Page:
I think it’s important to set goals that involve you going out there and actually performing. This helps to build confidence in your work and to see how people react to what you do. It also gives you the opportunity to put into a real life context what you have been working so hard to achieve. Now people need to hear you and this is a great way to gain more experience and confidence as a singer. It maybe scary at first but becomes very enlightening and rewarding after some trial and error.
6) Assess and re-assess
Review your short, mid, and long term goals regularly. When considering all this information think about how you are going to apply it. Develop a good structure. Be accountable to someone. Find someone whom you trust and let them give you some advice on how things can improve or feedback on what they enjoyed from you performance.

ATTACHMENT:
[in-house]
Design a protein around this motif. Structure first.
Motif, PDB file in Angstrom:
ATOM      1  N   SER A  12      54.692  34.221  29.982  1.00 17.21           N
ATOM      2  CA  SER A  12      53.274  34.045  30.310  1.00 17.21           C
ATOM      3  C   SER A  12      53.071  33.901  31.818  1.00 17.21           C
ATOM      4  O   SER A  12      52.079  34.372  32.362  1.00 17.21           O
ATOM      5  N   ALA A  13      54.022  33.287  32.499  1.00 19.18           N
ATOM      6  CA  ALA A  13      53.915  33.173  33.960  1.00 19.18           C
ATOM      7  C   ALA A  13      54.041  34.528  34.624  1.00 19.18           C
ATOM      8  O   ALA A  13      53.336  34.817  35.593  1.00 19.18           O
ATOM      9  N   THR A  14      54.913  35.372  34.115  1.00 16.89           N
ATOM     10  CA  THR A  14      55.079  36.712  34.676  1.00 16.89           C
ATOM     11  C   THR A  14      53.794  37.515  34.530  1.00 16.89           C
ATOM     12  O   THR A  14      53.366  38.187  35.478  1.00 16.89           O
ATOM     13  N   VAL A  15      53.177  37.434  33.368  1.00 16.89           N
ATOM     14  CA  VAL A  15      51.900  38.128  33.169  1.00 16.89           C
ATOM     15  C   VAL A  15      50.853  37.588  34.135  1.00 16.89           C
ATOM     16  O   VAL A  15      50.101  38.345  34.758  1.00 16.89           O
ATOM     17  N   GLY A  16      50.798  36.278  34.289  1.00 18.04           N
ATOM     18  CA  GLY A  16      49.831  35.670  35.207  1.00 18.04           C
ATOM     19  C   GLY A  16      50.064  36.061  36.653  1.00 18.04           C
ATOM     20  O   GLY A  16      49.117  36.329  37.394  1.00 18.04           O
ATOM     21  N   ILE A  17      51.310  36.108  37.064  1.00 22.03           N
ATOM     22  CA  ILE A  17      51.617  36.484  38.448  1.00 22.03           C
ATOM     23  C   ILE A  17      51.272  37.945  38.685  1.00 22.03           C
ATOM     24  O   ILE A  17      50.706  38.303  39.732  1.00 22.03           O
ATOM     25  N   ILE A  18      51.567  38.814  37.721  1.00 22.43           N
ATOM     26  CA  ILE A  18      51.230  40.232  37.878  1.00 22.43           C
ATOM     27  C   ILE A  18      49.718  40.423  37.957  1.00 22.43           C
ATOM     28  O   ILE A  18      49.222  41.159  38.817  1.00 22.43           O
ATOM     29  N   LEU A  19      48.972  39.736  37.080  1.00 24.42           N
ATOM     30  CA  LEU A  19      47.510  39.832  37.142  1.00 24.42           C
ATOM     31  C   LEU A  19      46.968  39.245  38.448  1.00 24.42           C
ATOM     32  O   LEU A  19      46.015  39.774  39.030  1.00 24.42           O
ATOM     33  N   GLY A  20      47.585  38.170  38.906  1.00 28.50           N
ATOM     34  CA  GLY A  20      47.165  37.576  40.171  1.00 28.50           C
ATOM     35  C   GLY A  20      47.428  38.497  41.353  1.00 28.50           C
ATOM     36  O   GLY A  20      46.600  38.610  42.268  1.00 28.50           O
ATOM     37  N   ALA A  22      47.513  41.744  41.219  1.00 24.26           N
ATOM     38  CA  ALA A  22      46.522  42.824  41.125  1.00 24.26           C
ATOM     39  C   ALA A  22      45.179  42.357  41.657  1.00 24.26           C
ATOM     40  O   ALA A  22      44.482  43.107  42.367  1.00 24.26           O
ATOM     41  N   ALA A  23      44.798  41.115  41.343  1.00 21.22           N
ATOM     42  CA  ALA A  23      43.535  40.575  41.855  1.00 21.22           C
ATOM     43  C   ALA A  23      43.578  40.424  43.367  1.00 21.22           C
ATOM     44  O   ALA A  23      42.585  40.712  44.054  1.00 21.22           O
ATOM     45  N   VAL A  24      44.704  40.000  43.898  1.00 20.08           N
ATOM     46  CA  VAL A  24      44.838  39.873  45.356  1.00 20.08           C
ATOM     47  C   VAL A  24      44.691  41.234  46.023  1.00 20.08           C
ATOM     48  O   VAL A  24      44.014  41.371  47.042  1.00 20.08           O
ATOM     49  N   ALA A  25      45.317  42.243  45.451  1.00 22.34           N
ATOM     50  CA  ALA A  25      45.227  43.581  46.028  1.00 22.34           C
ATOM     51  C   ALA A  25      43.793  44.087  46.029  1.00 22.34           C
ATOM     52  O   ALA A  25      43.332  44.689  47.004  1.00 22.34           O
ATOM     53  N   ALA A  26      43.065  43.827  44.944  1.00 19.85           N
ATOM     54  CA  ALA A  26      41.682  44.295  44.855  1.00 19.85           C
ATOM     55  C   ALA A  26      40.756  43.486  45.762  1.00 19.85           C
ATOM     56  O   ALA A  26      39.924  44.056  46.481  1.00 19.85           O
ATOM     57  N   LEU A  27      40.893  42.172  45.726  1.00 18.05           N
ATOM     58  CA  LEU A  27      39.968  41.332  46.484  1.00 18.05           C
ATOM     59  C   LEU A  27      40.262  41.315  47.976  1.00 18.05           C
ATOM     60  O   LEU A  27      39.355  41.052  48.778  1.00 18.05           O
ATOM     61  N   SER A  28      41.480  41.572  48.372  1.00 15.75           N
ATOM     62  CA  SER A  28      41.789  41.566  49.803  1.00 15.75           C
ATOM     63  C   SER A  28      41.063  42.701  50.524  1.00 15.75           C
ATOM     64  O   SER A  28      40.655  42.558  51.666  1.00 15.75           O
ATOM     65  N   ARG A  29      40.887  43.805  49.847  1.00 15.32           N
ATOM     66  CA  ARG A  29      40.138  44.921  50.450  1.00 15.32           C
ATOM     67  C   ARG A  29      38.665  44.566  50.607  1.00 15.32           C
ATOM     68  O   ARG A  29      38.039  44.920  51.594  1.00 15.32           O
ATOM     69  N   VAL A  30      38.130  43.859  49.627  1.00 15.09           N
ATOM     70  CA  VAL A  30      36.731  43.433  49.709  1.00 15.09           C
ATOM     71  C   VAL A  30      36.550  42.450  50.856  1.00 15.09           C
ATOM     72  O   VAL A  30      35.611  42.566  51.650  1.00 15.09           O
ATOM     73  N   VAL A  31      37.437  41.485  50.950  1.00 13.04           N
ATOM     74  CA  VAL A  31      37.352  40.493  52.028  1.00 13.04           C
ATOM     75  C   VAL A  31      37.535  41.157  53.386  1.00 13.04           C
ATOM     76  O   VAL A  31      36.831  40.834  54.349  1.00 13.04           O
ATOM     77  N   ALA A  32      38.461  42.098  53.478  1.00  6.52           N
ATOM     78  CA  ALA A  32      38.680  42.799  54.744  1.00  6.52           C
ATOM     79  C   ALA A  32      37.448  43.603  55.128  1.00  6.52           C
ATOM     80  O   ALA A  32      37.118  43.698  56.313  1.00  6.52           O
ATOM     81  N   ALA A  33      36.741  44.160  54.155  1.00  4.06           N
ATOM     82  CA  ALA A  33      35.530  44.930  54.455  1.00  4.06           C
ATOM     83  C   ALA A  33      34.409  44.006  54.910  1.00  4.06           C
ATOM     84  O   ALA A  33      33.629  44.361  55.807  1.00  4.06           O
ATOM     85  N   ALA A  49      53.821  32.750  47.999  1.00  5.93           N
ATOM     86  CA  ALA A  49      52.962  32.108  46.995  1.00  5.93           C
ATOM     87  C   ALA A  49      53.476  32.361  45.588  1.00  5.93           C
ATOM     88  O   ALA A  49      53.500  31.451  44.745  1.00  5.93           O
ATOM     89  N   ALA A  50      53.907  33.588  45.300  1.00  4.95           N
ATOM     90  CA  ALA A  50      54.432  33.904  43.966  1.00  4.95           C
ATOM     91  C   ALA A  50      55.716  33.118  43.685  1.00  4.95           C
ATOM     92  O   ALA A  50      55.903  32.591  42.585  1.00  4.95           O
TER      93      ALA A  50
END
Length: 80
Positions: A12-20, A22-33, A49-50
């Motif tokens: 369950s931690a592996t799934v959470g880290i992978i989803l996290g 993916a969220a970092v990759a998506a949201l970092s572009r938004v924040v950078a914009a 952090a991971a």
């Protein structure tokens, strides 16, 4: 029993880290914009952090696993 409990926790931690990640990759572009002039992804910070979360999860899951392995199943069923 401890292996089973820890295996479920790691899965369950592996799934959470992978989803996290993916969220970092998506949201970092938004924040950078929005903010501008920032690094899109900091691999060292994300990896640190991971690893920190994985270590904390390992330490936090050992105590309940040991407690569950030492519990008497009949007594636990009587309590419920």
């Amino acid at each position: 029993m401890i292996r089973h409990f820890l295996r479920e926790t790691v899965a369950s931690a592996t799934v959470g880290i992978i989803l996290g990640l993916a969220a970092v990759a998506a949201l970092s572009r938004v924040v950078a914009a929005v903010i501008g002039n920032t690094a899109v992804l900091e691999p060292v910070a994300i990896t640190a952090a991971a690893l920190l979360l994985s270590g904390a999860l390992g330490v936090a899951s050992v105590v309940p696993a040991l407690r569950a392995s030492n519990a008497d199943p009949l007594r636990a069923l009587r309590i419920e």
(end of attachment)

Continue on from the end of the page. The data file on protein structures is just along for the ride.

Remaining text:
To find out more about how you can set your vocal goals in place or to simply know more about developing vocal style as I have expressed, feel free to drop us a few questions: firstname.lastname@example.org